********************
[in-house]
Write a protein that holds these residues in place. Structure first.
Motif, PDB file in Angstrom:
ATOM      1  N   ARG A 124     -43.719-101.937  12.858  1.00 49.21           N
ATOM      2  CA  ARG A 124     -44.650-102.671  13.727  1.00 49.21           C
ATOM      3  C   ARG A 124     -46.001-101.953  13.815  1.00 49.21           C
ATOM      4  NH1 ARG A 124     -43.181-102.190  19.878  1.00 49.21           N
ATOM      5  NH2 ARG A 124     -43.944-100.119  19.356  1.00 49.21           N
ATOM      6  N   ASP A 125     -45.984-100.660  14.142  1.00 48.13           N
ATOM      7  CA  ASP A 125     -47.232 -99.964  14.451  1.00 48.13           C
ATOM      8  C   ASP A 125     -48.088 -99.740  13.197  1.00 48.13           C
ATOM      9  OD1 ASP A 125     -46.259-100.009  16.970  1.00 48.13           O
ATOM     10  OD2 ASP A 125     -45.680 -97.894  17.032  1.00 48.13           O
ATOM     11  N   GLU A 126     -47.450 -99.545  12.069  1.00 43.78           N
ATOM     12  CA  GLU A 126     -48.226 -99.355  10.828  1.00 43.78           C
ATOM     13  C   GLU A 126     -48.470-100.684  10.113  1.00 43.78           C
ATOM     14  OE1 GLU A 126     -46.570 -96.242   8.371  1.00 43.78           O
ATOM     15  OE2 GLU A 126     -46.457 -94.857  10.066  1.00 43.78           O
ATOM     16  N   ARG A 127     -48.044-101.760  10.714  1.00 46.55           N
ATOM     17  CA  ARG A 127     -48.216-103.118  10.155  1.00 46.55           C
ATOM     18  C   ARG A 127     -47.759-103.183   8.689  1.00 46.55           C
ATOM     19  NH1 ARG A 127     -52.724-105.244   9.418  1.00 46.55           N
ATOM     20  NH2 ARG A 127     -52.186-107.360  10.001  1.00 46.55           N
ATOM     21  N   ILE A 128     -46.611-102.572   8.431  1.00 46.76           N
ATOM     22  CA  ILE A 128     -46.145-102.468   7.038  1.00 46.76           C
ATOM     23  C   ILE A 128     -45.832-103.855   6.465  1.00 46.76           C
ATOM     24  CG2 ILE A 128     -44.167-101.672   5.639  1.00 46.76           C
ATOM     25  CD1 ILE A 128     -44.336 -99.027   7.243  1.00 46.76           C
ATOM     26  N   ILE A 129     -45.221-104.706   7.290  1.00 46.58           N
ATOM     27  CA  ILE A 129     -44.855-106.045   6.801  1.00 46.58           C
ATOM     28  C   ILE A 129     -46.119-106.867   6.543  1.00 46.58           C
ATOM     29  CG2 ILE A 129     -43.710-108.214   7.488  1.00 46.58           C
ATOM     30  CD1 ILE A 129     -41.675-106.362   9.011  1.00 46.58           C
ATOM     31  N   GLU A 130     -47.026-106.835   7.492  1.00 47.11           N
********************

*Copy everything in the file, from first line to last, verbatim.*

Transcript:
[in-house]
Write a protein that holds these residues in place. Structure first.
Motif, PDB file in Angstrom:
ATOM      1  N   ARG A 124     -43.719-101.937  12.858  1.00 49.21           N
ATOM      2  CA  ARG A 124     -44.650-102.671  13.727  1.00 49.21           C
ATOM      3  C   ARG A 124     -46.001-101.953  13.815  1.00 49.21           C
ATOM      4  NH1 ARG A 124     -43.181-102.190  19.878  1.00 49.21           N
ATOM      5  NH2 ARG A 124     -43.944-100.119  19.356  1.00 49.21           N
ATOM      6  N   ASP A 125     -45.984-100.660  14.142  1.00 48.13           N
ATOM      7  CA  ASP A 125     -47.232 -99.964  14.451  1.00 48.13           C
ATOM      8  C   ASP A 125     -48.088 -99.740  13.197  1.00 48.13           C
ATOM      9  OD1 ASP A 125     -46.259-100.009  16.970  1.00 48.13           O
ATOM     10  OD2 ASP A 125     -45.680 -97.894  17.032  1.00 48.13           O
ATOM     11  N   GLU A 126     -47.450 -99.545  12.069  1.00 43.78           N
ATOM     12  CA  GLU A 126     -48.226 -99.355  10.828  1.00 43.78           C
ATOM     13  C   GLU A 126     -48.470-100.684  10.113  1.00 43.78           C
ATOM     14  OE1 GLU A 126     -46.570 -96.242   8.371  1.00 43.78           O
ATOM     15  OE2 GLU A 126     -46.457 -94.857  10.066  1.00 43.78           O
ATOM     16  N   ARG A 127     -48.044-101.760  10.714  1.00 46.55           N
ATOM     17  CA  ARG A 127     -48.216-103.118  10.155  1.00 46.55           C
ATOM     18  C   ARG A 127     -47.759-103.183   8.689  1.00 46.55           C
ATOM     19  NH1 ARG A 127     -52.724-105.244   9.418  1.00 46.55           N
ATOM     20  NH2 ARG A 127     -52.186-107.360  10.001  1.00 46.55           N
ATOM     21  N   ILE A 128     -46.611-102.572   8.431  1.00 46.76           N
ATOM     22  CA  ILE A 128     -46.145-102.468   7.038  1.00 46.76           C
ATOM     23  C   ILE A 128     -45.832-103.855   6.465  1.00 46.76           C
ATOM     24  CG2 ILE A 128     -44.167-101.672   5.639  1.00 46.76           C
ATOM     25  CD1 ILE A 128     -44.336 -99.027   7.243  1.00 46.76           C
ATOM     26  N   ILE A 129     -45.221-104.706   7.290  1.00 46.58           N
ATOM     27  CA  ILE A 129     -44.855-106.045   6.801  1.00 46.58           C
ATOM     28  C   ILE A 129     -46.119-106.867   6.543  1.00 46.58           C
ATOM     29  CG2 ILE A 129     -43.710-108.214   7.488  1.00 46.58           C
ATOM     30  CD1 ILE A 129     -41.675-106.362   9.011  1.00 46.58           C
ATOM     31  N   GLU A 130     -47.026-106.835   7.492  1.00 47.11           N